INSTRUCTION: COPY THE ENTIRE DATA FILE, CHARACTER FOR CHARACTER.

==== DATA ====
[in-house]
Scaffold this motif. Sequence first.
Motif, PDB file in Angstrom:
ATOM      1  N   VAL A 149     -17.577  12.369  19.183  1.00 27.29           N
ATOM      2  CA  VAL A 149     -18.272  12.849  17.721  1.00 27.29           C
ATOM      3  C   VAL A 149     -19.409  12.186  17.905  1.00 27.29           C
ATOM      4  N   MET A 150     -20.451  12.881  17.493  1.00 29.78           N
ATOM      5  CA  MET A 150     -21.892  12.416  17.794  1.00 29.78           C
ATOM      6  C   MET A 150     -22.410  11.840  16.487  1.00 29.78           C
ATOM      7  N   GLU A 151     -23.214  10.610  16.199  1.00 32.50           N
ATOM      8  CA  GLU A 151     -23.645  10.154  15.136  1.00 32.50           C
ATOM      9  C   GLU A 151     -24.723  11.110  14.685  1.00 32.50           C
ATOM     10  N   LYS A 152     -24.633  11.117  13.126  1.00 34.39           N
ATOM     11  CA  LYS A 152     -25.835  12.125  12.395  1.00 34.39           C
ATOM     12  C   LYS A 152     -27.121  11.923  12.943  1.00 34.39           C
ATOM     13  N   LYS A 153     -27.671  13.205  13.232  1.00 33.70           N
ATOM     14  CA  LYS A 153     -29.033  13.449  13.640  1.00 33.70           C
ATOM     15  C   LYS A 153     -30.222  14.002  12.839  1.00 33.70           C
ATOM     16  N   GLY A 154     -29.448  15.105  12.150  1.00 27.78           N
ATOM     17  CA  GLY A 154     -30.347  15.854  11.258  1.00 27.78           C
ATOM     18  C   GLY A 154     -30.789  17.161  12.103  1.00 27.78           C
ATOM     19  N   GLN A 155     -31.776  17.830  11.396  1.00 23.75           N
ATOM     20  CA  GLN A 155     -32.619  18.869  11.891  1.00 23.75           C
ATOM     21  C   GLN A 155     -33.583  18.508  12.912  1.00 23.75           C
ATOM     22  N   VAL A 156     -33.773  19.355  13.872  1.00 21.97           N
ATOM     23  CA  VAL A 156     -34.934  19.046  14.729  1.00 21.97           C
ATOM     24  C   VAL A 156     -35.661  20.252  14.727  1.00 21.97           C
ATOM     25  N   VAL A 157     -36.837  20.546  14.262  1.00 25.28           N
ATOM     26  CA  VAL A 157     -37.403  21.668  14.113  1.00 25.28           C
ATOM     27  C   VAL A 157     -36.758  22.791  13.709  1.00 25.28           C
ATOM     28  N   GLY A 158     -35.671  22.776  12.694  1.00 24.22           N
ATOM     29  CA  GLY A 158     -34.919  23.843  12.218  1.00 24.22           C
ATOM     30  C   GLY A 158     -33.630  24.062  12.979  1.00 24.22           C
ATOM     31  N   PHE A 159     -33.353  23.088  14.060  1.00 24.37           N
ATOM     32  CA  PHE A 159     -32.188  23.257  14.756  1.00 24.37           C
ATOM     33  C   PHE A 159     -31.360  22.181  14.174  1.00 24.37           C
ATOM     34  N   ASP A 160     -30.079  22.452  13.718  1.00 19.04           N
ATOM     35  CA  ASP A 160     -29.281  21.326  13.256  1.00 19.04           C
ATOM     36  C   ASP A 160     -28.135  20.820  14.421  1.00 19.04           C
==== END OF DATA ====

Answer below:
[in-house]
Scaffold this motif. Sequence first.
Motif, PDB file in Angstrom:
ATOM      1  N   VAL A 149     -17.577  12.369  19.183  1.00 27.29           N
ATOM      2  CA  VAL A 149     -18.272  12.849  17.721  1.00 27.29           C
ATOM      3  C   VAL A 149     -19.409  12.186  17.905  1.00 27.29           C
ATOM      4  N   MET A 150     -20.451  12.881  17.493  1.00 29.78           N
ATOM      5  CA  MET A 150     -21.892  12.416  17.794  1.00 29.78           C
ATOM      6  C   MET A 150     -22.410  11.840  16.487  1.00 29.78           C
ATOM      7  N   GLU A 151     -23.214  10.610  16.199  1.00 32.50           N
ATOM      8  CA  GLU A 151     -23.645  10.154  15.136  1.00 32.50           C
ATOM      9  C   GLU A 151     -24.723  11.110  14.685  1.00 32.50           C
ATOM     10  N   LYS A 152     -24.633  11.117  13.126  1.00 34.39           N
ATOM     11  CA  LYS A 152     -25.835  12.125  12.395  1.00 34.39           C
ATOM     12  C   LYS A 152     -27.121  11.923  12.943  1.00 34.39           C
ATOM     13  N   LYS A 153     -27.671  13.205  13.232  1.00 33.70           N
ATOM     14  CA  LYS A 153     -29.033  13.449  13.640  1.00 33.70           C
ATOM     15  C   LYS A 153     -30.222  14.002  12.839  1.00 33.70           C
ATOM     16  N   GLY A 154     -29.448  15.105  12.150  1.00 27.78           N
ATOM     17  CA  GLY A 154     -30.347  15.854  11.258  1.00 27.78           C
ATOM     18  C   GLY A 154     -30.789  17.161  12.103  1.00 27.78           C
ATOM     19  N   GLN A 155     -31.776  17.830  11.396  1.00 23.75           N
ATOM     20  CA  GLN A 155     -32.619  18.869  11.891  1.00 23.75           C
ATOM     21  C   GLN A 155     -33.583  18.508  12.912  1.00 23.75           C
ATOM     22  N   VAL A 156     -33.773  19.355  13.872  1.00 21.97           N
ATOM     23  CA  VAL A 156     -34.934  19.046  14.729  1.00 21.97           C
ATOM     24  C   VAL A 156     -35.661  20.252  14.727  1.00 21.97           C
ATOM     25  N   VAL A 157     -36.837  20.546  14.262  1.00 25.28           N
ATOM     26  CA  VAL A 157     -37.403  21.668  14.113  1.00 25.28           C
ATOM     27  C   VAL A 157     -36.758  22.791  13.709  1.00 25.28           C
ATOM     28  N   GLY A 158     -35.671  22.776  12.694  1.00 24.22           N
ATOM     29  CA  GLY A 158     -34.919  23.843  12.218  1.00 24.22           C
ATOM     30  C   GLY A 158     -33.630  24.062  12.979  1.00 24.22           C
ATOM     31  N   PHE A 159     -33.353  23.088  14.060  1.00 24.37           N
ATOM     32  CA  PHE A 159     -32.188  23.257  14.756  1.00 24.37           C
ATOM     33  C   PHE A 159     -31.360  22.181  14.174  1.00 24.37           C
ATOM     34  N   ASP A 160     -30.079  22.452  13.718  1.00 19.04           N
ATOM     35  CA  ASP A 160     -29.281  21.326  13.256  1.00 19.04           C
ATOM     36  C   ASP A 160     -28.135  20.820  14.421  1.00 19.04           C